Denmark's very first slasher film? Possibly. Though I'm not entirely sure about that claim, it is currently the earliest one to show up on an IMDb horror title search. A teenage boy (Michael Andersen) is being harassed by a trio of punk bullies (Allan Teisen, Lars Svensson and Jakob Nyborg) at his boarding school. They steal his toboggan, throw rocks through his window, blow cigarette smoke in his face, steal his money, throw his bag over a fence, punch him in the stomach, knock him to the ground and do other not-so-nice things. Hell, the poor kid can't even take a piss in peace, as they barge in, beat him up and knock him out by bashing his head against the sink. Anyone who attempts to help the terrorized teen gets beaten up themselves so it looks like a pretty hopeless situation all the way around. Except... this kid is a big horror movie fan with a special affinity for Fredag den 13. (FRIDAY THE 13TH), so, like the rest of us horror nuts, he's seen his fair share of depictions of blood revenge. After one too many beatings, the kid finally snaps, steals a horror mask from a classmate taking a shower, gets his hands on a hatchet and gets to work teaching the bullies a lesson.
This entirely amateur effort, which never saw any kind of official home video release (the "world premiere" occurred in 2012 on Youtube), was shot on Super 8 with no sound. Technically-speaking, nearly everything about it is terrible. However, seeing how this was made for next to nothing by a 16-year-old director, it proves to be rather fascinating all the same.
The most interesting aspect is seeing what was popular overseas at the time and what was appealing to genre fans and possibly influencing independent European filmmakers at the dawn of the VHS era. And that turns out to be the exact same stuff that was influencing North American genre films at the time: namely Halloween and the aforementioned Friday the 13th. This steals most of its music from Carpenter's film, while prominently featuring the Danish Friday poster (which shows a bloody axe lying on a bed instead of the campers inside the killer's silhouette like the U. S. poster) as a reference point for the teen's revenge. Other posters seen on walls include Mad Max 2 / The Road Warrior and Escape from New York.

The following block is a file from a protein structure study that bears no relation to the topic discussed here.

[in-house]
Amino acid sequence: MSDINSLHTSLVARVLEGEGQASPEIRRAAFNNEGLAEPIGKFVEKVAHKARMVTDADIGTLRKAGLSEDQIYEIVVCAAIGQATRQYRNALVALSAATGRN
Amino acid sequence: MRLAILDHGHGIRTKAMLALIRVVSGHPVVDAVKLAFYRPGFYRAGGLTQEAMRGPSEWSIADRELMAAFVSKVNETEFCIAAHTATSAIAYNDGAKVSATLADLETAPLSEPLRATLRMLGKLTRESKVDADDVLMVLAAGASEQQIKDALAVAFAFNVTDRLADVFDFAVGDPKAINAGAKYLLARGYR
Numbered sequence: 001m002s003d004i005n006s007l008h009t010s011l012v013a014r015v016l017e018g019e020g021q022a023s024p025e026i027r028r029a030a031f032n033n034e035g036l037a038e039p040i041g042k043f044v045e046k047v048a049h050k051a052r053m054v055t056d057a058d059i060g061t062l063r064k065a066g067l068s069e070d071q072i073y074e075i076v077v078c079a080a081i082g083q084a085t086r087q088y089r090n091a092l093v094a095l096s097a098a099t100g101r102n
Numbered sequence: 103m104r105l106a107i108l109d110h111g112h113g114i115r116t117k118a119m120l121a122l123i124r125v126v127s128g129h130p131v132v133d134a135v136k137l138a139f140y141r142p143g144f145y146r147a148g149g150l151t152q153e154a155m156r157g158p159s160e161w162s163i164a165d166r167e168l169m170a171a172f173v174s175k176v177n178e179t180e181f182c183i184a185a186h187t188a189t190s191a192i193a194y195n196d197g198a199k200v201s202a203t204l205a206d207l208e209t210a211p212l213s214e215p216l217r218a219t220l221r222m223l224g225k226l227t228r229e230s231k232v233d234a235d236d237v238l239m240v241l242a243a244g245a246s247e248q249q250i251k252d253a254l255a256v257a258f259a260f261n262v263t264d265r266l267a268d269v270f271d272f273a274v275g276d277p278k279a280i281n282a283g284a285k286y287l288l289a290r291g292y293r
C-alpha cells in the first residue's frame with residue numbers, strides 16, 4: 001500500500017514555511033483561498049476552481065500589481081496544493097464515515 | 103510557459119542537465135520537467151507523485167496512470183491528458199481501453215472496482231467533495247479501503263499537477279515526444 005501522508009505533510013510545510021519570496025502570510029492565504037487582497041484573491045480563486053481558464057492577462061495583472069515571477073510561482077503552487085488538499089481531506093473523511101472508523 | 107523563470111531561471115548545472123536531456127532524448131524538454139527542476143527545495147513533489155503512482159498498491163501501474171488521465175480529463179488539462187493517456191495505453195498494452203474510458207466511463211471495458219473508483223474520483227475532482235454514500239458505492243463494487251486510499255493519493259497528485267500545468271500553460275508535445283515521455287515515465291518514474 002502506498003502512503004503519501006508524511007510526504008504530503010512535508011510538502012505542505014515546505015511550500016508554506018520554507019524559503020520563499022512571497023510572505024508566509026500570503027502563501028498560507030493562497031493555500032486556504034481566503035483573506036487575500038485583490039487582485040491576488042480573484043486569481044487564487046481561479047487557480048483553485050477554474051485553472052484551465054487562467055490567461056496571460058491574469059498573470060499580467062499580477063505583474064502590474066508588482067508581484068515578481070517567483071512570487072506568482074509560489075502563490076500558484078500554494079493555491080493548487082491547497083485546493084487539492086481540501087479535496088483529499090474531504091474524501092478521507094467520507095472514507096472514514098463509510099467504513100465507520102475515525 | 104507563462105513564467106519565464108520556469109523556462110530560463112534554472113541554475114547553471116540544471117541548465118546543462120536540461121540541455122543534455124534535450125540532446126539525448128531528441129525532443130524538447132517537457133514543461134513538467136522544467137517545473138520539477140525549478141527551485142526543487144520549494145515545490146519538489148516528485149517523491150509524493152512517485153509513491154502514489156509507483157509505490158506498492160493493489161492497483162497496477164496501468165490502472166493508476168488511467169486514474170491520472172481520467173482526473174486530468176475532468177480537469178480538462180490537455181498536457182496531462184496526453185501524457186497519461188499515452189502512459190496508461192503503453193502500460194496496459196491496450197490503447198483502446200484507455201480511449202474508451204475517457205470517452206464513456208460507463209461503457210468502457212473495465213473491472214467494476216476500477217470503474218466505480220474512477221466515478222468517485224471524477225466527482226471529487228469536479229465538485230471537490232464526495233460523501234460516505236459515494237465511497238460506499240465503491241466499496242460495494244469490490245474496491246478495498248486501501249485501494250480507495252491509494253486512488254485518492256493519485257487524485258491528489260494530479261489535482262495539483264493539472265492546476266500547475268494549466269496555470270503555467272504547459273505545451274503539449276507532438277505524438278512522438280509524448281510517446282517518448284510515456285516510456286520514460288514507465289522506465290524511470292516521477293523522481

The plot is minimal, the acting is nearly nonexistent and the lighting is awful throughout but this is sometimes fairly imaginative and even slightly (probably accidentally!) experimental in regards to the editing and camerawork. While most of it seems sloppy, there's the odd occasion where it actually does work. There's a lot of killer POV camerawork like any good slasher film and some minor gore effects of hatchet wounds spurting blood. Nothing to write home about here, but it at least manages to tell a coherent story and is an interesting, amusing little time capsule coming from a country not known for their classic genre output.
The original cut of this was 45 minutes but the director re-edited it to the currently-released 25 minute version, which is basically just 20 minutes with credits and some other trivia / information thrown in afterward. Grünbaum made a number of other short subjects in the 80s and returned with the feature-length slasher flick Flænset / Shredded in 2000.